The Port of Portland, which lost its container business in the wake of the Great Recession, is thriving once again, with container shipments up by more than 1,300 percent since 2011.
The dramatic increase is largely attributable to Icelandic shipping company Eimskip, the port’s biggest cargo operator, which has grown significantly since arriving in Portland in 2013. According to the Maine International Trade Center, container shipments through the port have soared from 7,400 metric tons in 2011 to 105,523 metric tons in 2015.
Increased trade through the port has grown 20 percent, year over year, which “has forced Eimskip to add to our capacity in 2015 and hopefully add to it again in 2016,” Eimskip Managing Director Larus Isfeld told a crowd of 450 gathered Thursday for MITC’s annual Trade Day.
The company, which employs 1,300 people worldwide and 10 in its Portland facility, was recognized by MITC as its Foreign Direct Investor for 2016.
Isfeld said Eimskip is on track to make its goal of weekly calls to Portland by 2020. When it first opened its Portland operation, Eimskip was making 26 calls a year, but it has added five more since, Isfeld said. The potential for weekly shipments will expand its customer base, which now reaches north into Canada, throughout Massachusetts and is approaching New York City, Isfeld said.
He said government improvements to the port – including a crane, a paved space to load, unload and store containers, and the installation of stations where refrigerated cargo units can be plugged in and kept cool – helped Portland compete for Eimskip’s business with ports in Rhode Island and Massachusetts. The investment cost about $30 million. The community’s support and enthusiasm, however, were what finalized the deal, Isfeld said.
“The commitment to growth is something we share,” he said. “I have big plans. We have just started. We will grow together.”
Eimskip, which ships everything from blueberries to Icelandic glacial water, isn’t the only reason the port is bustling. Two significant investments at the International Marine Terminal also are boosting capacity at the port.
One is the completion of a Pan Am rail spur, which now connects the port with a 1,700-mile rail network. Shipments started in February to Ayer, Massachusetts, three times a week. The other significant investment is the construction of a cold storage warehouse, which is being built by Americold and should be completed by the end of next summer.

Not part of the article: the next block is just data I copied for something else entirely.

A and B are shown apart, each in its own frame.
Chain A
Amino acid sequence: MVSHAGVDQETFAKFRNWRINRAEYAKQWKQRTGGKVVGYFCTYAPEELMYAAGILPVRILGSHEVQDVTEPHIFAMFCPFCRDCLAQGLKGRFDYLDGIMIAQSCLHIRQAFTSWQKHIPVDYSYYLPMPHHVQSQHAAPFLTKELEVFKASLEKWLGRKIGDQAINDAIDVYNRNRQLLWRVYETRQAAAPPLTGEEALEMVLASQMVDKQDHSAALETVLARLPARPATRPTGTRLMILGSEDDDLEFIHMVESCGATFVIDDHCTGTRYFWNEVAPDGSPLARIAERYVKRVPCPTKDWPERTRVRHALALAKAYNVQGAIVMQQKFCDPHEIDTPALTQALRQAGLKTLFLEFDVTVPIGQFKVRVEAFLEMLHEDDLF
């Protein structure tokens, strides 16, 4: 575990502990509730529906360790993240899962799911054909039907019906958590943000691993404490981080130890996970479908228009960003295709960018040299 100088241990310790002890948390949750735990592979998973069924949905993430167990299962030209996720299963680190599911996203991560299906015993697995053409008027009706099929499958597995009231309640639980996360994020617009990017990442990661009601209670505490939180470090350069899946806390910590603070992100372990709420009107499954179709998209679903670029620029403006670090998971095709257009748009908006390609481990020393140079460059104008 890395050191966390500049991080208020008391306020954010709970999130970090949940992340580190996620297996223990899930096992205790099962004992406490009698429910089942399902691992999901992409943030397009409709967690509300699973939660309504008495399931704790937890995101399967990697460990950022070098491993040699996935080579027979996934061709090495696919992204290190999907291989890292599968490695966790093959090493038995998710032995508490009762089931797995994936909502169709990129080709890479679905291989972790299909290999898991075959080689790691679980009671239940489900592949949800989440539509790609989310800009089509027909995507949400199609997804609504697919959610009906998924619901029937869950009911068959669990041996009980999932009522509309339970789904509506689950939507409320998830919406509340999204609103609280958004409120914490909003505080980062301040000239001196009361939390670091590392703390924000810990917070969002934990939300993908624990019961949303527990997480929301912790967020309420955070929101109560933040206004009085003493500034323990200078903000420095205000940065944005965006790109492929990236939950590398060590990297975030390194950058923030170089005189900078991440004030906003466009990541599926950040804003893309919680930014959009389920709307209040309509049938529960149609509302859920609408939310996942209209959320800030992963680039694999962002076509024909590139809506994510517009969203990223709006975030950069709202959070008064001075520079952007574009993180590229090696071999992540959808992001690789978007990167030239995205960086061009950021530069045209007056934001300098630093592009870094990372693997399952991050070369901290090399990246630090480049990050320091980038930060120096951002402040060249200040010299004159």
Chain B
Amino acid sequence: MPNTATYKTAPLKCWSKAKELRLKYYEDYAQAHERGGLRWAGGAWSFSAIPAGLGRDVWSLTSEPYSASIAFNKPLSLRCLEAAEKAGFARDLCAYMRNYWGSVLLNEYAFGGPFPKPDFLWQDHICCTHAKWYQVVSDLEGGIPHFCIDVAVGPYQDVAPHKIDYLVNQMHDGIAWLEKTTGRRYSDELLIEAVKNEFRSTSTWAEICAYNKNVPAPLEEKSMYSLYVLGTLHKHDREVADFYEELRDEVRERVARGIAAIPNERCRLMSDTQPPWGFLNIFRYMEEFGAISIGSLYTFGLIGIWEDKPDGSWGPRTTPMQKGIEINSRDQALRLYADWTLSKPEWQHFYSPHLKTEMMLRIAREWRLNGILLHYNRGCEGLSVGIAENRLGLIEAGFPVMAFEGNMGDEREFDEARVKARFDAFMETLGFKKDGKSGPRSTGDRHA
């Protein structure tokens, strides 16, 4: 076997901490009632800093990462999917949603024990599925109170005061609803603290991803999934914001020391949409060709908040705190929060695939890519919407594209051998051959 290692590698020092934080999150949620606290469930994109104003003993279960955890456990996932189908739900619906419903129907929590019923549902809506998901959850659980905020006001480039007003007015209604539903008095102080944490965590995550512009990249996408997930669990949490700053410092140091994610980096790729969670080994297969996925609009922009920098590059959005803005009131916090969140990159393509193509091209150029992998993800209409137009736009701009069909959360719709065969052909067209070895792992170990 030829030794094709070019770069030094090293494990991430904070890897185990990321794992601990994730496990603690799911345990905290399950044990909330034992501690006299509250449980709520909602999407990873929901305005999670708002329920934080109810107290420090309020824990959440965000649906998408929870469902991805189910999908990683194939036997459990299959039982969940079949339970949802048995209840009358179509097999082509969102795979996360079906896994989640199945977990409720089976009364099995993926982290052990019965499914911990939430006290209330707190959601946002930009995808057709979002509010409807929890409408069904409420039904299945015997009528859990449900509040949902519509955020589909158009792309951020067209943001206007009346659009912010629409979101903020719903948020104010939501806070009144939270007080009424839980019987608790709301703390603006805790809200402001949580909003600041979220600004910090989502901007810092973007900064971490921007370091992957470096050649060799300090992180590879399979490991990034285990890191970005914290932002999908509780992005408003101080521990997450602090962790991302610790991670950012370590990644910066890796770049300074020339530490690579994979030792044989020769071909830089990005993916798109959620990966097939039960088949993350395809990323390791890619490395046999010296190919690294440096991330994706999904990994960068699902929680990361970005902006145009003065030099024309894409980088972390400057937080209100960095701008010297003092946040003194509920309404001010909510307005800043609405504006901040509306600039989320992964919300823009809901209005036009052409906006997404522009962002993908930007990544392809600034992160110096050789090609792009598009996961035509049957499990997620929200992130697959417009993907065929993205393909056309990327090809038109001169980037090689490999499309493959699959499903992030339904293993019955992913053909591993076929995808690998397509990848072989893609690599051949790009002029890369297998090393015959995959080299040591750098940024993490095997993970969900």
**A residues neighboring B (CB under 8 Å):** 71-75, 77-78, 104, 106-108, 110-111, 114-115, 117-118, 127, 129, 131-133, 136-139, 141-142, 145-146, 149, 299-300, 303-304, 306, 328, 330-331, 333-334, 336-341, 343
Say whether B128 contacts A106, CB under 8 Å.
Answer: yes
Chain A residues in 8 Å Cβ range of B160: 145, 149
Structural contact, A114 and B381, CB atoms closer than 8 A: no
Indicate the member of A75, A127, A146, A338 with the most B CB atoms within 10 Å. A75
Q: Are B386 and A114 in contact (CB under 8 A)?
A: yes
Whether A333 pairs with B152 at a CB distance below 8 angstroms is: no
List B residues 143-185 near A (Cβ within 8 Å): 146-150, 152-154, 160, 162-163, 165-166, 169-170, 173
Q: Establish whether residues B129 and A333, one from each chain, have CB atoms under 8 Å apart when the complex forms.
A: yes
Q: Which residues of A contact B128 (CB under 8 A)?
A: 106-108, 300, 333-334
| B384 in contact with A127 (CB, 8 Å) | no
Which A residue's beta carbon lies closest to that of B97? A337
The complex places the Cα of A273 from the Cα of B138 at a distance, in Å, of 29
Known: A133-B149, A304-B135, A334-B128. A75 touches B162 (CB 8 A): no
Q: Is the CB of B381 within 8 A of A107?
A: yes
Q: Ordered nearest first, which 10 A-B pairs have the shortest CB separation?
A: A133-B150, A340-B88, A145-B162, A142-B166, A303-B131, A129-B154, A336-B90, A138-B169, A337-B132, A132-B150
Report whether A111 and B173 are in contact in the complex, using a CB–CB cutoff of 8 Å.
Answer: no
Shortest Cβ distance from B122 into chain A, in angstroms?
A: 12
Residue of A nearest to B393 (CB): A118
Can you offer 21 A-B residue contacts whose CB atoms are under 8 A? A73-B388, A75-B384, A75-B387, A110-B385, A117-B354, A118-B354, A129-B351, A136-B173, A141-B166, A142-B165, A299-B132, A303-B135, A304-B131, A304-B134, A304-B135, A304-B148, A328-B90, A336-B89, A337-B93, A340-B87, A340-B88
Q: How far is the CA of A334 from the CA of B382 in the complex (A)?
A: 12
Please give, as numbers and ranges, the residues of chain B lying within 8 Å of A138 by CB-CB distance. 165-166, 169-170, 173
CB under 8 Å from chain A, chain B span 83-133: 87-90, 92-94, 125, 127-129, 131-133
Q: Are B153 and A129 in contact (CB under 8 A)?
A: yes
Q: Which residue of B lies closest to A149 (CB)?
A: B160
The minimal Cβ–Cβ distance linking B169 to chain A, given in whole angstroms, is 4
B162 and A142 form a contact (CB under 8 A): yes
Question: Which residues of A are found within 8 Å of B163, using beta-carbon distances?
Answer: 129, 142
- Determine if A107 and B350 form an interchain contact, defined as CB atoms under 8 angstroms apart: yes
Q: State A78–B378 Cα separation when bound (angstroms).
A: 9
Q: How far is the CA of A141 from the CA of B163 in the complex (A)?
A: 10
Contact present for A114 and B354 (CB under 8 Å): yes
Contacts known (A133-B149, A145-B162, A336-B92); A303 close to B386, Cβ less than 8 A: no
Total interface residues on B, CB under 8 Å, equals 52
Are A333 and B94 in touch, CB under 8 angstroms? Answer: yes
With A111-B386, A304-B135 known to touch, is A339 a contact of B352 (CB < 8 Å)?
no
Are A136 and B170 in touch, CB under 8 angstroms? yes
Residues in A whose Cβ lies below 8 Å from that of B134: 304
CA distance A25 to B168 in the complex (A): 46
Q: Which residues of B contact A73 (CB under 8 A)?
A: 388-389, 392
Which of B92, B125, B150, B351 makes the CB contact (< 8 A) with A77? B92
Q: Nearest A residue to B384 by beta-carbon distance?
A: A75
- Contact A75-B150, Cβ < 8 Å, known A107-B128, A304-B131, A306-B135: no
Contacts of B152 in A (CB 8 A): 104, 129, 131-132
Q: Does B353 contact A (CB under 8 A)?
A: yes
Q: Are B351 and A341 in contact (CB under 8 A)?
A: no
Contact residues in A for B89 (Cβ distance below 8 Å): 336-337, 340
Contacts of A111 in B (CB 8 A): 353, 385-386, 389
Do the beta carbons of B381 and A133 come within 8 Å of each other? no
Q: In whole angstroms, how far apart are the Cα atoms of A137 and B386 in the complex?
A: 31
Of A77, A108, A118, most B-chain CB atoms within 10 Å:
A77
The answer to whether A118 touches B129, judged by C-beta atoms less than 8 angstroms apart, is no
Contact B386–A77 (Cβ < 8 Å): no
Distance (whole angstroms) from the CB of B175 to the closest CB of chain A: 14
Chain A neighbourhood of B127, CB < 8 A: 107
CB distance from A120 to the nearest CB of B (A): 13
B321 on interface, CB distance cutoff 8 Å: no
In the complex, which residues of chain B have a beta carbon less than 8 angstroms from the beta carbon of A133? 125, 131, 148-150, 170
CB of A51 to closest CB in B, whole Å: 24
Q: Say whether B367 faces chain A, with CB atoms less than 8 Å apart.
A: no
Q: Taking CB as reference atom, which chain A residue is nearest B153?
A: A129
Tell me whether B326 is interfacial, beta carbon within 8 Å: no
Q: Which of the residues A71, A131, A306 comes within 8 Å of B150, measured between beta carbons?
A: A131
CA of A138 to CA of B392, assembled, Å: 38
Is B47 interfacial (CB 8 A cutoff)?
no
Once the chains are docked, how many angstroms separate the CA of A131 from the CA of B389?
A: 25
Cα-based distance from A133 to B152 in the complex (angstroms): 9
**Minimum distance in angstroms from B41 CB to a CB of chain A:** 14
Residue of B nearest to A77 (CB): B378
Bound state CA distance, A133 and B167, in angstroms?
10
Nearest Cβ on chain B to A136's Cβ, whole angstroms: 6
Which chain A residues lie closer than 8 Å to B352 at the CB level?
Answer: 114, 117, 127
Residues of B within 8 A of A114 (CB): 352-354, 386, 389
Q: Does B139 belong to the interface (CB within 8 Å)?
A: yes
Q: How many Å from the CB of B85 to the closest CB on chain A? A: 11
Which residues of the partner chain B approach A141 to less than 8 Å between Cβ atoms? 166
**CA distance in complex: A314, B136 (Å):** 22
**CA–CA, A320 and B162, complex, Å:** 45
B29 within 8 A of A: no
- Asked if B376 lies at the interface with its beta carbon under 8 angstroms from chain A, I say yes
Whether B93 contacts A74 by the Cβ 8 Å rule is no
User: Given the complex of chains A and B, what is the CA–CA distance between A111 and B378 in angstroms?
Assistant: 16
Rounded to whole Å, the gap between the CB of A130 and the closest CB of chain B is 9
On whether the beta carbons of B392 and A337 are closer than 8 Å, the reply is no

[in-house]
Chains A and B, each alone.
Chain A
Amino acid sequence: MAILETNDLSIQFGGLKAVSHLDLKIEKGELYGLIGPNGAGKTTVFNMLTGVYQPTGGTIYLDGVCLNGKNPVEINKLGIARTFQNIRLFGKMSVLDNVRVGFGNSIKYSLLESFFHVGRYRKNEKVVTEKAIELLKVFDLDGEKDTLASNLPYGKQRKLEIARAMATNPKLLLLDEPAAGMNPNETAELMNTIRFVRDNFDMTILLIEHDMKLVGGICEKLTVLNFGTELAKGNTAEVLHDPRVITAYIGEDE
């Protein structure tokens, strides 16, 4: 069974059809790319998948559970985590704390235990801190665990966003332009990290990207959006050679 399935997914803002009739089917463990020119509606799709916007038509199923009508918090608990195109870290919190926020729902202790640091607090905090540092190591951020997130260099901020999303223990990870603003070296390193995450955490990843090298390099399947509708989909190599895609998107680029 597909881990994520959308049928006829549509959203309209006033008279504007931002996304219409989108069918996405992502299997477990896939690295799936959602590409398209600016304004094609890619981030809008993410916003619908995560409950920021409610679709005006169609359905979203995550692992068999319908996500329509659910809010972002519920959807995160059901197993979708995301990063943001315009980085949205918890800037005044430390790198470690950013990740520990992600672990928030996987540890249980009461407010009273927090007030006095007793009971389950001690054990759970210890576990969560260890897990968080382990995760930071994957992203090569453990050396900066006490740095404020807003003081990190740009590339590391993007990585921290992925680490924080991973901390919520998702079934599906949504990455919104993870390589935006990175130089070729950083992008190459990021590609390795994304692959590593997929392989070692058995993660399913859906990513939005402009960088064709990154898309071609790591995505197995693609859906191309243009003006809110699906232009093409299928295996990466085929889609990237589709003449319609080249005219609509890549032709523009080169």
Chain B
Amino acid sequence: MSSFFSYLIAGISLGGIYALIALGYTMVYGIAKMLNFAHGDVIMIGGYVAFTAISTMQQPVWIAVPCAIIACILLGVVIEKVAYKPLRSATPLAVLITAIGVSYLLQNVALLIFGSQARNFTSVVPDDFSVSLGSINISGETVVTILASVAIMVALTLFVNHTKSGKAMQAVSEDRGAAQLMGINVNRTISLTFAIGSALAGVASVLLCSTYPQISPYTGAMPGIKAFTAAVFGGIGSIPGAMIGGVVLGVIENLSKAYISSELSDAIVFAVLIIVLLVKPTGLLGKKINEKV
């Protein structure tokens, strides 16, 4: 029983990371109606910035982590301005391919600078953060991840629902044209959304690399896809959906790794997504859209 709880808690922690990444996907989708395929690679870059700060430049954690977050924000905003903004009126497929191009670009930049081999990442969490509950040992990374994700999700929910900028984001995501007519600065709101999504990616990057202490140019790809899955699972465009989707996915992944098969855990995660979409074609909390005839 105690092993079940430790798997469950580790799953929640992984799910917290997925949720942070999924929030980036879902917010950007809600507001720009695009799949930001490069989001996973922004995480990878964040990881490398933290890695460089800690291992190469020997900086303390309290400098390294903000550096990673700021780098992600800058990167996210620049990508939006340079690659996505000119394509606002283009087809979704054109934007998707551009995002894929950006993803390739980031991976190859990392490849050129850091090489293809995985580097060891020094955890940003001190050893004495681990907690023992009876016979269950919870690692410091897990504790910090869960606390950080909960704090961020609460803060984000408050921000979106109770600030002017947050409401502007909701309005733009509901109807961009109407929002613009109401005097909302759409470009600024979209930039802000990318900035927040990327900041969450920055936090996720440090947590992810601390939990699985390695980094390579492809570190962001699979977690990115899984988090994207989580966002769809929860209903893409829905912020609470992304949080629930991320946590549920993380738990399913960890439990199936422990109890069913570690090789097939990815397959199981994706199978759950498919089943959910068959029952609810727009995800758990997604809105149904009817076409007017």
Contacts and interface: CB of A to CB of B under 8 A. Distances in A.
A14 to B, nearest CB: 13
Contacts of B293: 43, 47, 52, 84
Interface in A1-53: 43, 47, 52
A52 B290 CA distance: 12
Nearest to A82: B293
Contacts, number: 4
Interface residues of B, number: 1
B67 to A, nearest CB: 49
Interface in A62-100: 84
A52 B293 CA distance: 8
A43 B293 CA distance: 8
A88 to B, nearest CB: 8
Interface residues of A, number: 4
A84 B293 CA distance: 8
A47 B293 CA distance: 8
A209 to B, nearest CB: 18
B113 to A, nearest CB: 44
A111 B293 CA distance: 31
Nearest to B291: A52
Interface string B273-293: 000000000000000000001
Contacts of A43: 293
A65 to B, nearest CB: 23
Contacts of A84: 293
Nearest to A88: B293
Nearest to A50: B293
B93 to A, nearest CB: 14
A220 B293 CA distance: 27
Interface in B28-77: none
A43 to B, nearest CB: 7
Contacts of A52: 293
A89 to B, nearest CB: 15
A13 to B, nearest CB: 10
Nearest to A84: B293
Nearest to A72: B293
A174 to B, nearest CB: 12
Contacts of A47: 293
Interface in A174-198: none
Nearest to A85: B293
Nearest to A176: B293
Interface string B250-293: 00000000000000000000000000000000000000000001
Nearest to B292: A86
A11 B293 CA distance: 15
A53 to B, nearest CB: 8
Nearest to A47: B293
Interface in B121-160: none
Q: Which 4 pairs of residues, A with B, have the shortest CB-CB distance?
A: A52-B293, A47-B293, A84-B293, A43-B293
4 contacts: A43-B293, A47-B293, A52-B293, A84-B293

“All of these point to what I call the ‘intermodalism’ of the terminal, and that positions us for even greater growth,” said John Henshaw, executive director of the Maine Port Authority. Intermodal refers to the juncture of multiple modes of transportation.
Henshaw said a new customer has started using the port terminal because of these upgrades.
Last month, Poland Spring began shipping bottled water from Kingfield to Waterville and then via rail into South Portland’s Rigby Yard. In January, it started shipping pallets of bottled water from its Hollis operation to the new rail line in Portland.
Growth in the port is one reason why Maine’s export numbers outpaced the national average in 2015, said Janine Bisaillon-Cary, MITC’s president. In 2015, Maine exported more than $2.7 billion worth of goods, almost doubling over the past two decades.
Maine companies sell products to more than 180 countries and territories. Trade supports about 180,000 jobs here, or about one in five Maine jobs, Bisaillon-Cary said.
Penelope Overton can be contacted at 791-6463 or at:
This story was changed from its original version to correct Larus Isfeld’s title, and a quote about adding capacity. It also has been changed to clarify cargo.